The Privilege of a Vacation

Every time I’ve ever vacationed at Disney World, I’ve cried. (Yes, I’ve been there enough times that I need to say “every” time. My family wasn’t terribly inventive with its vacation destinations, but we took one every summer.) As a child, I cried from sheer exhaustion or from wanting a toy I couldn’t have or from frustration. As an adult, I cried as I saw the light in Little Jedi’s eyes as he sat atop my husband’s shoulders, mouth agape at Cinderella’s castle lit up at night, fireworks behind it.

I realize that in telling you all of this, I am indicating a certain sort of privilege. For a very long time, I didn’t understand this in the least. As an adult, I’ve only just begun to understand it.

Once upon a time, we took huge, huge family vacations. When I say huge, I mean that there would be a caravan of several cars, my aunts and uncles and cousins and grandmother and brothers and parents and all of our luggage stuffed into vans and cars, stopping for picnics and bathroom breaks at rest-stops on the way the Florida or maybe, on occasion, the Smoky Mountains or Gatlinburg, Tennessee.

Vacations were important. I think that for my dad, a man who started working around 11, bagging groceries and taking home his pay to to help support his family, taking a vacation each summer was a sign that we’d made it. Middle class families took vacations together, spent quality time together. For me, these vacations were sometimes, but not always fun. They were rife with underlying tension, unacknowledged but lying somewhere in wait. Every vacation was like that, even our most recent trip to Disney World in 2014, Little Jedi’s first pilgrimage.

My family is a complex web in regards to class; if I were able to fully untangle this web, it is likely that we’d see a microcosm of the macro-level class struggles in the United States. It’s hard, so hard to untangle this web though, hard to break through the silence that has built over years, the layers of scar tissue that have formed over old wounds. (On every occasion that this silence has been broken, ugliness and meanness have boiled up, family members accusing other family members of snobbery, or of laziness, of ignorance, or of selfishness, or of ungratefulness.) The wall of silence around money and finances was made louder because of its irony–my father was a banker, a career chosen in part because it was a desk job that allowed weekends off. It was also a job he did well, working his way up to branch president before his retirement.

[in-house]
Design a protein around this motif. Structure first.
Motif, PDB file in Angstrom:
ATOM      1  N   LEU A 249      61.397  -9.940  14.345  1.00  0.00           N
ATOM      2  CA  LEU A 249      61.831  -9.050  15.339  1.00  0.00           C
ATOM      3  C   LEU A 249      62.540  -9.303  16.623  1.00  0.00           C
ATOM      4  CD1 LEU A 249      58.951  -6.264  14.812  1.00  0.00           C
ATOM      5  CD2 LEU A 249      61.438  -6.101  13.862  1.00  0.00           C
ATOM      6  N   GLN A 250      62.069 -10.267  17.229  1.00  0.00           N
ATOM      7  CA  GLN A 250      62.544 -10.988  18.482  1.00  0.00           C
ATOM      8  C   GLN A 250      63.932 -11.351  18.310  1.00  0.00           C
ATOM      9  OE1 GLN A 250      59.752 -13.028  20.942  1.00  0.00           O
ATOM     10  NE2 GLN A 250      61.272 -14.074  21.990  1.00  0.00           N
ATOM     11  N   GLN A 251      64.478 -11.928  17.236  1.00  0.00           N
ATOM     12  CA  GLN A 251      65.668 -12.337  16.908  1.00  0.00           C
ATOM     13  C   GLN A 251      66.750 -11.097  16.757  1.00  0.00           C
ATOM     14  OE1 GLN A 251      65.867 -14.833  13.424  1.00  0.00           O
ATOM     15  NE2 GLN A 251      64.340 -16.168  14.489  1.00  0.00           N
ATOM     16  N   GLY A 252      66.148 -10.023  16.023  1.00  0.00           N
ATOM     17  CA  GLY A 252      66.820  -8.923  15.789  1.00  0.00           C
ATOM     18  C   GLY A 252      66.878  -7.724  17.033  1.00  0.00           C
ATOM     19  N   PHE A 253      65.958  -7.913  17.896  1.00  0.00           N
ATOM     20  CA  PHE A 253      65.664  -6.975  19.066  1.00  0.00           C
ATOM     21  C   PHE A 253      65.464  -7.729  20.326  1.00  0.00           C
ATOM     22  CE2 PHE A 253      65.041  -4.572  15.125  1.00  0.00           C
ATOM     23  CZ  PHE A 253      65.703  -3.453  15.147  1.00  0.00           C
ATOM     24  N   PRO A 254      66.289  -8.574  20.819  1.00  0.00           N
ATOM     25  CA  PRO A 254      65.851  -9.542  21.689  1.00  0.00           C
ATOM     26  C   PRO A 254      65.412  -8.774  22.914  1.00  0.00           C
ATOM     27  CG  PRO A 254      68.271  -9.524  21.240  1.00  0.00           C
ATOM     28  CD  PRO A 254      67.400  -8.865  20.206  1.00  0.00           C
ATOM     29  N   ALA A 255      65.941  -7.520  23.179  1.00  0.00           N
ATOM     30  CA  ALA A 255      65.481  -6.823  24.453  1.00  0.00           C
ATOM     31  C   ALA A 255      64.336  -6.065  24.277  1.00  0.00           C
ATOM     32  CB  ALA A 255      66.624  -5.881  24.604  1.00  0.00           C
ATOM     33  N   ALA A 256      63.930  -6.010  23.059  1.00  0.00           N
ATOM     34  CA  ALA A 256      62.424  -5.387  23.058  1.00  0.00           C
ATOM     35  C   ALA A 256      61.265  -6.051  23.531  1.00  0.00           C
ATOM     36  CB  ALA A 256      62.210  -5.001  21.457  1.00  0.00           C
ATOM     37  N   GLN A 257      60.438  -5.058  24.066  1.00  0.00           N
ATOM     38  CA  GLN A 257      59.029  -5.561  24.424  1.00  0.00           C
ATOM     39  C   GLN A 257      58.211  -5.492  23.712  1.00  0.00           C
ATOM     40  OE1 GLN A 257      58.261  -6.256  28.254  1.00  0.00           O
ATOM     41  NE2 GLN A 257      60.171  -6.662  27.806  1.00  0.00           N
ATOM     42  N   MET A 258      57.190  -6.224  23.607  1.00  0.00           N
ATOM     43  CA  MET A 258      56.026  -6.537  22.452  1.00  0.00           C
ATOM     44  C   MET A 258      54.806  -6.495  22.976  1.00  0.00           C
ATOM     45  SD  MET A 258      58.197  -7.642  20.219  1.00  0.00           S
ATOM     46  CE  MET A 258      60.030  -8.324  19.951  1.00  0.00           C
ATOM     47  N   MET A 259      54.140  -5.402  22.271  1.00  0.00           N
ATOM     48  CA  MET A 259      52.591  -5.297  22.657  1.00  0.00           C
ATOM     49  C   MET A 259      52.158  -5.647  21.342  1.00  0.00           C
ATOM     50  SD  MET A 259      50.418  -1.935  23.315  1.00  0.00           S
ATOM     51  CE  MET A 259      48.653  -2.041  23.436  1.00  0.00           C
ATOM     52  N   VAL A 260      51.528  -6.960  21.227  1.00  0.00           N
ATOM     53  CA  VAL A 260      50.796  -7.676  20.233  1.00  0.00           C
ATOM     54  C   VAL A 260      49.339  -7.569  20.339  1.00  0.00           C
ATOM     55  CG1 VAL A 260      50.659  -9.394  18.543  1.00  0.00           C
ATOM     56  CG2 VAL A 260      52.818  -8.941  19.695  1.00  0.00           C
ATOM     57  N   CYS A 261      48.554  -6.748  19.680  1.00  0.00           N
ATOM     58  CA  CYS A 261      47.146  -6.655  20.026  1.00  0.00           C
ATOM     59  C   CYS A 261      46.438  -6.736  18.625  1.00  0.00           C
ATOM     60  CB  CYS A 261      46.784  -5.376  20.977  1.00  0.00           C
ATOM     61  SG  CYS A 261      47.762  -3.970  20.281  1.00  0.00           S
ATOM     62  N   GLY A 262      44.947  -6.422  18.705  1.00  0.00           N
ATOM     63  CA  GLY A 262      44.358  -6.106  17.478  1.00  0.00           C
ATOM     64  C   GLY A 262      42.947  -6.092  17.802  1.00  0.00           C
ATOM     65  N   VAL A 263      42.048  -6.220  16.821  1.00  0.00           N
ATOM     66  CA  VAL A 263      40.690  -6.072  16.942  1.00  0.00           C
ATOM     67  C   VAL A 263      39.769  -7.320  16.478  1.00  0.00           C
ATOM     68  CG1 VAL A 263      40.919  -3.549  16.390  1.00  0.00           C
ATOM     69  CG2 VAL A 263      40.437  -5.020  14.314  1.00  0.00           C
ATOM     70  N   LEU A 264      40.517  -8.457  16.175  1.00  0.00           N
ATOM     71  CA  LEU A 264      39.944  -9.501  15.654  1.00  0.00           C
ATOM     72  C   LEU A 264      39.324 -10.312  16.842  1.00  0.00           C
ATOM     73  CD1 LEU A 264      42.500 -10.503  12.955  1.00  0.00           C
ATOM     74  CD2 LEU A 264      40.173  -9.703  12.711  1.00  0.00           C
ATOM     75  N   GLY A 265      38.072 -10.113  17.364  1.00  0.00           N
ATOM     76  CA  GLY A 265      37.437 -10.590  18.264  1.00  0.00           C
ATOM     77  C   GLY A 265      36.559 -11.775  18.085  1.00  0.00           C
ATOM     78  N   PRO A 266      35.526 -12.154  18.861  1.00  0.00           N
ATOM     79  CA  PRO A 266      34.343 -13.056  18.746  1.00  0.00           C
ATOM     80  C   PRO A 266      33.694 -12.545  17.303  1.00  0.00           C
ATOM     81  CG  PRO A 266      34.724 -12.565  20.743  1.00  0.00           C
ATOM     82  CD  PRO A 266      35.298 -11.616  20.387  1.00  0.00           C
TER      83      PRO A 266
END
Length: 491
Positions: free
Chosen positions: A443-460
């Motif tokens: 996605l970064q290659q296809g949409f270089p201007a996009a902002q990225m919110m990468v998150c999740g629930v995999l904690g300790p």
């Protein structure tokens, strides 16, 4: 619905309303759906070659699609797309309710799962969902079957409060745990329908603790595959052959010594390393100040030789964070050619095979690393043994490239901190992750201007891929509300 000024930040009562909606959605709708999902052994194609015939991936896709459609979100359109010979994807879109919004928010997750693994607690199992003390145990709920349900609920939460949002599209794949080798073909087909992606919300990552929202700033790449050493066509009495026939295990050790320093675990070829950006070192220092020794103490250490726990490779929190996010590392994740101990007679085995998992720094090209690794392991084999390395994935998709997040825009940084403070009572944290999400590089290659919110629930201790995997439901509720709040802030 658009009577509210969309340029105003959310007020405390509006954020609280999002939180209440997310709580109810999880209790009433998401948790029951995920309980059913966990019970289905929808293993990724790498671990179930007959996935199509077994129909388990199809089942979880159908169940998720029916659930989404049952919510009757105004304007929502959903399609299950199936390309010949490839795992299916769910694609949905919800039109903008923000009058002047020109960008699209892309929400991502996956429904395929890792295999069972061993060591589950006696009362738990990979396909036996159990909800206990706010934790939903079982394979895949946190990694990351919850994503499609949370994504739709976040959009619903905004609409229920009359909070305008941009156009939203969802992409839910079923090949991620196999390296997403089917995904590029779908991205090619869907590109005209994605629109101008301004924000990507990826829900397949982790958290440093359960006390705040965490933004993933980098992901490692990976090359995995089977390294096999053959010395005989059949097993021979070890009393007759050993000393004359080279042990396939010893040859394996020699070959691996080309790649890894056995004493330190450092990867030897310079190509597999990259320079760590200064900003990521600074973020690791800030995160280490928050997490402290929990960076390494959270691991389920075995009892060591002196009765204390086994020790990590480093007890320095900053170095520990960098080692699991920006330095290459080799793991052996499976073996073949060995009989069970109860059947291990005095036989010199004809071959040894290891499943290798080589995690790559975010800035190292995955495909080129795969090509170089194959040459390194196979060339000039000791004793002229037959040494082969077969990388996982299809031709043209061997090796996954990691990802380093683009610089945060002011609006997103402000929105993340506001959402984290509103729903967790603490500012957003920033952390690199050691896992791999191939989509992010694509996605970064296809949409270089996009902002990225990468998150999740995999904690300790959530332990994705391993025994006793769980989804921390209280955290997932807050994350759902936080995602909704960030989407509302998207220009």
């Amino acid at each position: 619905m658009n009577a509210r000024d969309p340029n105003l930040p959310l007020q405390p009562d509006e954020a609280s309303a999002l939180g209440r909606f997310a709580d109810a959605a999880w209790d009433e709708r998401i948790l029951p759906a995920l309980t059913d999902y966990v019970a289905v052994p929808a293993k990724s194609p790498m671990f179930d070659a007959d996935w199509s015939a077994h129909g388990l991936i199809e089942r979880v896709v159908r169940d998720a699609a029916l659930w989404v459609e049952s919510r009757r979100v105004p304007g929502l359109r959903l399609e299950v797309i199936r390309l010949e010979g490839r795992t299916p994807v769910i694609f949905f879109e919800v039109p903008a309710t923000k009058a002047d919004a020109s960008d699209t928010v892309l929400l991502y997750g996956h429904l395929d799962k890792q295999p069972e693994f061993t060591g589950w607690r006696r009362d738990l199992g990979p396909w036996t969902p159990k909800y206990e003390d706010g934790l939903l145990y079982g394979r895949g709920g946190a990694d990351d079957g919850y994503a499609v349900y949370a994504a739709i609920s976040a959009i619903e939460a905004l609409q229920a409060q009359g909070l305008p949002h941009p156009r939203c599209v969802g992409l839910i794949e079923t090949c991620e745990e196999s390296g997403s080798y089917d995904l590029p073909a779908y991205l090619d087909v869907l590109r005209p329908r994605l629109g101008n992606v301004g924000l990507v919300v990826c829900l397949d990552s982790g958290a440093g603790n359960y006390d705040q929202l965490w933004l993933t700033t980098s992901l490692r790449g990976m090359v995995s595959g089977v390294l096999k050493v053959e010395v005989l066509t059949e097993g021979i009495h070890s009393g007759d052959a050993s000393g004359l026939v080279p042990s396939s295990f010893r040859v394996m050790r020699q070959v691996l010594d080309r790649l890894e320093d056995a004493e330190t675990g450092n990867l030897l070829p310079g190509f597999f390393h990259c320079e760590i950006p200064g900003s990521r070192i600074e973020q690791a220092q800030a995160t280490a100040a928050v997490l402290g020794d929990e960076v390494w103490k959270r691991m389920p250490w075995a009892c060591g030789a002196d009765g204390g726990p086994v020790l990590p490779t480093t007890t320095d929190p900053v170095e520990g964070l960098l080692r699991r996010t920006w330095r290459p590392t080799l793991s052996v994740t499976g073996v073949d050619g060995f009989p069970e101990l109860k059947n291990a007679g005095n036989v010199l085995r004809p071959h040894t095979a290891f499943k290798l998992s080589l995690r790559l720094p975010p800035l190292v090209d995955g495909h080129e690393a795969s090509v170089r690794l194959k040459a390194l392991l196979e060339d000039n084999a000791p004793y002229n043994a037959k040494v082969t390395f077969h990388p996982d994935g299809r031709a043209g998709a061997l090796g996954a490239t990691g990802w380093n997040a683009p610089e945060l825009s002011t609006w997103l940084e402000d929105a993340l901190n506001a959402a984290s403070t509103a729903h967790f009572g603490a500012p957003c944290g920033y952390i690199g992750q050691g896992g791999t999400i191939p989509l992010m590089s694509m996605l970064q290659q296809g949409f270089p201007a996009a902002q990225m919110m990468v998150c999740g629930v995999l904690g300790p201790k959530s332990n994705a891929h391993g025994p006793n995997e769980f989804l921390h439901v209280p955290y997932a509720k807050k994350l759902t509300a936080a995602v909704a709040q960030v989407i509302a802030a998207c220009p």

Naturally, this left me incredibly confused as young adult who was out on my own. My wings weren’t clipped, but I couldn’t fly. I didn’t know where I fit, not on any level: because if the silence around money wasn’t confusing and constraining enough, there were the absolute decrees that I go to college, that I choose a white-collar career, that I be a good Christian and find a good husband and live a morally upright life: in short, that I maintain my parents’ hard-won, middle-class standing from the points of both economic and social standards. (Imagine, then,  my poor parents’ disappointment when I turned out nothing like they’d planned, getting a late start in my career and being pretty much the exact opposite of a genteel Southern lady.)

And so here I am, years from the last vacation I took–that 2014 trip to Disney World, funded by my parents, who wanted to take Little Jedi to Disney for his first time. I’m now planning a family vacation of my own, the very first vacation that Little Jedi and Sam and I will go on together of our own accord. We’re heading to Universal Studios in December. It may not be the best time for us to do this from a financial perspective, but it’s the best time for us to do this in other, perhaps more important, ways. We’ve spent the last several years trying to get onto our feet, and it hasn’t been easy. We’ve weathered job changes, moving a few times, and the loss of a few significant and beloved people over the last few years. Little Jedi is 9 now, and he’s only growing older, as are we.

And yet I still realize, that because I can say this, I am in an enviable position. Because we can’t all travel, even to an amusement park that is within driving distance. One of the things I hate the most is this ever more ubiquitous idea that anyone can travel if they just want it enough. Because that’s just not true. For legitimate career and financial reasons, we could not travel until now.

But I’m so excited y’all. I’m going to get to take my nerdy child to a nerdy place, and my nerdy husband is going with us. We’re going to have 3 glorious days to spend together with no work to do, and what’s more is that we get to have this experience with friends who have become, through time, family. I know it’s still 4 months away, but I’m already planning.

And maybe, just maybe, Universal won’t make me cry. 😂😂😂😂

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